Palo Verde College offers ADS to some CDCR prisoners via distance education, but obtaining state credentials requires a larger investment. We found an investor. With the help of a generous nonprofit organization, we intend to use the ADS program to develop an inclusive and mobile method of cost-effective licensing.
As the spring 2011 semester comes to an end, we have almost 20 students ready to begin the final phase of state certification. Twenty guys might not be able to change the world, but if given the chance, we can lay a solid foundation to make an impact on the underworld. I'm excited.
In-custody substance abuse treatment followed by aftercare is most effective when total exposure lasts two to three years. It's also very expensive. Post-secondary training tied to long-term treatment is fiscally and socially responsible — cutting right to the heart of criminal thinking, anger, and addiction. Our specialized studies empower us to develop promising methods that can be delivered for next to nothing.
We follow the evidence. A rehabilitative oversight committee identified adult education and addiction as the two greatest criminogenic needs not being met. In response, a handful of us formed Inside Solutions, an evidence-based think-tank, and designed a program that addresses these unmet needs.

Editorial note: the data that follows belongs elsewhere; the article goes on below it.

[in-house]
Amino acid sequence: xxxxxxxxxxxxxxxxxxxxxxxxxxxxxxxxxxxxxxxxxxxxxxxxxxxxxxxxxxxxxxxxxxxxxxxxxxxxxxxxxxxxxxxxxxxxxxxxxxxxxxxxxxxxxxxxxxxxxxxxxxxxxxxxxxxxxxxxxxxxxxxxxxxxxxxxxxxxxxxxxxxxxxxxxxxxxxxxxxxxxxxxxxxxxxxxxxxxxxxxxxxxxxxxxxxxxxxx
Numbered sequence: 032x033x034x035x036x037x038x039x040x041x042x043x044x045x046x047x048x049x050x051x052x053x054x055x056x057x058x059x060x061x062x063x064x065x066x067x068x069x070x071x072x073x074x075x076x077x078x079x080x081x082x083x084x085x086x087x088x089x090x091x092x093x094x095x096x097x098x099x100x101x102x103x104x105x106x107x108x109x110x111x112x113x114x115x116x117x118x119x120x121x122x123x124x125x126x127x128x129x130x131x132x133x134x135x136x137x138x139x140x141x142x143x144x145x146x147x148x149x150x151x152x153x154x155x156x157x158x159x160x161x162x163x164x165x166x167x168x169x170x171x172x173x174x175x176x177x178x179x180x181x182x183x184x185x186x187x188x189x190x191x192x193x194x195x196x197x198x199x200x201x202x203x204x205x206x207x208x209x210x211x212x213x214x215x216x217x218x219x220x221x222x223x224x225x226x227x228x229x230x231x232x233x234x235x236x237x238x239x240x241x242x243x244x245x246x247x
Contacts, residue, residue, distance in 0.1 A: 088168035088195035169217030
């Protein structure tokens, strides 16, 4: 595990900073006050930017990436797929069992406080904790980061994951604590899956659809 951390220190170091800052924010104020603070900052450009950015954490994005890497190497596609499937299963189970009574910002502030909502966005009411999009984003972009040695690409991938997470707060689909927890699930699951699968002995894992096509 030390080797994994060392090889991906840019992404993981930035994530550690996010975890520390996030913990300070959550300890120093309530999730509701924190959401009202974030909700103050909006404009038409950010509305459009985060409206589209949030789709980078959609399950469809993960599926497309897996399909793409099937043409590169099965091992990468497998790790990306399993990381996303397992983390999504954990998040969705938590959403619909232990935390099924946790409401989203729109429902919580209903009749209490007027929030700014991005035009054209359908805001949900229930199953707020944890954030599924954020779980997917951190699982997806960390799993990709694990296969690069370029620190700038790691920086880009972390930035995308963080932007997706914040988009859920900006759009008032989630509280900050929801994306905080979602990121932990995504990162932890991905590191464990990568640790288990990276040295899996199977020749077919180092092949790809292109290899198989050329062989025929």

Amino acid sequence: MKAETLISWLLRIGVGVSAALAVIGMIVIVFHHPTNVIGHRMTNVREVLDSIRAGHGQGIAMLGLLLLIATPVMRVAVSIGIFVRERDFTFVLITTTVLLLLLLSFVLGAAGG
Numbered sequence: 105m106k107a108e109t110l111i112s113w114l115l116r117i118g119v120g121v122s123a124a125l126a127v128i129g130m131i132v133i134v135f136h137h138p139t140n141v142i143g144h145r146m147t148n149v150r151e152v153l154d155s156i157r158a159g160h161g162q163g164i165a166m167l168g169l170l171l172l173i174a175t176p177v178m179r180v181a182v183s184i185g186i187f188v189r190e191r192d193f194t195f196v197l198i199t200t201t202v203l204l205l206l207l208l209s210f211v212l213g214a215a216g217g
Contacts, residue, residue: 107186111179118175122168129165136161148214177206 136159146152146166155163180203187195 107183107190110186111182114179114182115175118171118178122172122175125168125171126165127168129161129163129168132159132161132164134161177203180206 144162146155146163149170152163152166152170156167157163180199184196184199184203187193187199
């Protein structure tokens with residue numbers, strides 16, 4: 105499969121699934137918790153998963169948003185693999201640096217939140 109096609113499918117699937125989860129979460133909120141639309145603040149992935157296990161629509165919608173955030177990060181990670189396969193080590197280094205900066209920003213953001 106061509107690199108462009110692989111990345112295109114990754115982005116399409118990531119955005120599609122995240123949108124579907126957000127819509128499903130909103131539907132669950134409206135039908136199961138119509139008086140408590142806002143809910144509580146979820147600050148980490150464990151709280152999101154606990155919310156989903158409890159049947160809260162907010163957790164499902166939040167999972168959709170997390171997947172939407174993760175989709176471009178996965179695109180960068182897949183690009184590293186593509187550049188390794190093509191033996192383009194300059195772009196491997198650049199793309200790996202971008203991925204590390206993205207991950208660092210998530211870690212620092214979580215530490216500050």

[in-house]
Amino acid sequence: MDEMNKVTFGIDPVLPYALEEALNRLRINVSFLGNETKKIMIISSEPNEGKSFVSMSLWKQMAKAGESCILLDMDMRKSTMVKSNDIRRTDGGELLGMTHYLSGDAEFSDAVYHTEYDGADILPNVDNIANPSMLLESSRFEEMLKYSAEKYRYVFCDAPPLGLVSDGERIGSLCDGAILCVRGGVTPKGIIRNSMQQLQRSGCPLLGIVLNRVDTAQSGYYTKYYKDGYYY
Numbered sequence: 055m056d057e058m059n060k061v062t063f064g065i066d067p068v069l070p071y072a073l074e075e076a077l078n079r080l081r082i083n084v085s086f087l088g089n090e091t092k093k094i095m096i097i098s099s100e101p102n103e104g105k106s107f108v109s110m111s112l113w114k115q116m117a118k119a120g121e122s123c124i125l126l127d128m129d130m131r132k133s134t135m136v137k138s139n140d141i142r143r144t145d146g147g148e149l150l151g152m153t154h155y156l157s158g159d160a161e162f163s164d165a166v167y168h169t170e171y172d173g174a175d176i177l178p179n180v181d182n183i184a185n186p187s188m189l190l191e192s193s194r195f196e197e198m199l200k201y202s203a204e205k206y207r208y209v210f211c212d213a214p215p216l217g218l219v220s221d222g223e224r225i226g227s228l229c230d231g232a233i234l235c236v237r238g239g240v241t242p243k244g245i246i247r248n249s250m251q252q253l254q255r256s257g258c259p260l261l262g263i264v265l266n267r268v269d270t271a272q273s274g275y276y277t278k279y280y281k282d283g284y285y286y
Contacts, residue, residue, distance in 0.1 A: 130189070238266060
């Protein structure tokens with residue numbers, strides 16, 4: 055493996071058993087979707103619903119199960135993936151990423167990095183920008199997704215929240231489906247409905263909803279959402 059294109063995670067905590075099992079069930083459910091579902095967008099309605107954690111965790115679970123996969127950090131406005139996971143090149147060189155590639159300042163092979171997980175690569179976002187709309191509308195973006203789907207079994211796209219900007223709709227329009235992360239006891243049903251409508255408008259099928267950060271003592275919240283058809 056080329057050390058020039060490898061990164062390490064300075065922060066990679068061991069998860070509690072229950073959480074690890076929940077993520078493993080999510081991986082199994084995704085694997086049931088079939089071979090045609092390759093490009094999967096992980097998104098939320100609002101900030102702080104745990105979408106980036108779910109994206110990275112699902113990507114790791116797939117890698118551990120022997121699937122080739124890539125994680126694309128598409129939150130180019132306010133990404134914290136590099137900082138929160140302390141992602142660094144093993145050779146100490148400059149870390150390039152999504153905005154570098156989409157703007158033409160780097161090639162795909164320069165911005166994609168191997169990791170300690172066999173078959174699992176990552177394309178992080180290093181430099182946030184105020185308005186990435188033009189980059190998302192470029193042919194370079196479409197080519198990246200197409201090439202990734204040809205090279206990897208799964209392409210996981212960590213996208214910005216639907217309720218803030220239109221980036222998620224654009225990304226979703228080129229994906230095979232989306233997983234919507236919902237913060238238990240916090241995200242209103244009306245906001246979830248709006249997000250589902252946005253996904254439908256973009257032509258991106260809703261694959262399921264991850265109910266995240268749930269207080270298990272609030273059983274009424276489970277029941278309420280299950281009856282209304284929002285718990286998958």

Starting in the summer of 2011, college-educated tutors began helping illiterate offenders raise their test scores while the ADS students began facilitating cognitive-lifeskills workshops. By establishing a voluntary program that doesn't impact the budget, we are delivering group-oriented treatment to those who need it the most. One prisoner helping another is power without equal. Delivering programs doesn't take a lot of money — it takes ingenuity, passion, and tenacity. We do things for pennies on the dollar, and we wouldn't even know what to do with the type of funds it takes to mismanage a fully-staffed program. Rather than some bunk program ran by a bunch of timecard punching half-assers, we remain true to our cost-effective roots by making something out of nothing. More bang for the buck is the motto of our method. For years, I felt like I was buried alive on the banks of the Recidivism River. Not anymore. Now I'm on a collective sojourn of systemic self-actualization. Accumulating multiple ADS certifications, college degrees and delivering treatment is a life-changing convergence of therapeutic alchemy. I have been transformed by the process of turning convict lead into clinical gold — social justice of the highest order. If we had a budget to match our enthusiasm, I can only imagine. In the here and now, not bad for a bunch of criminals.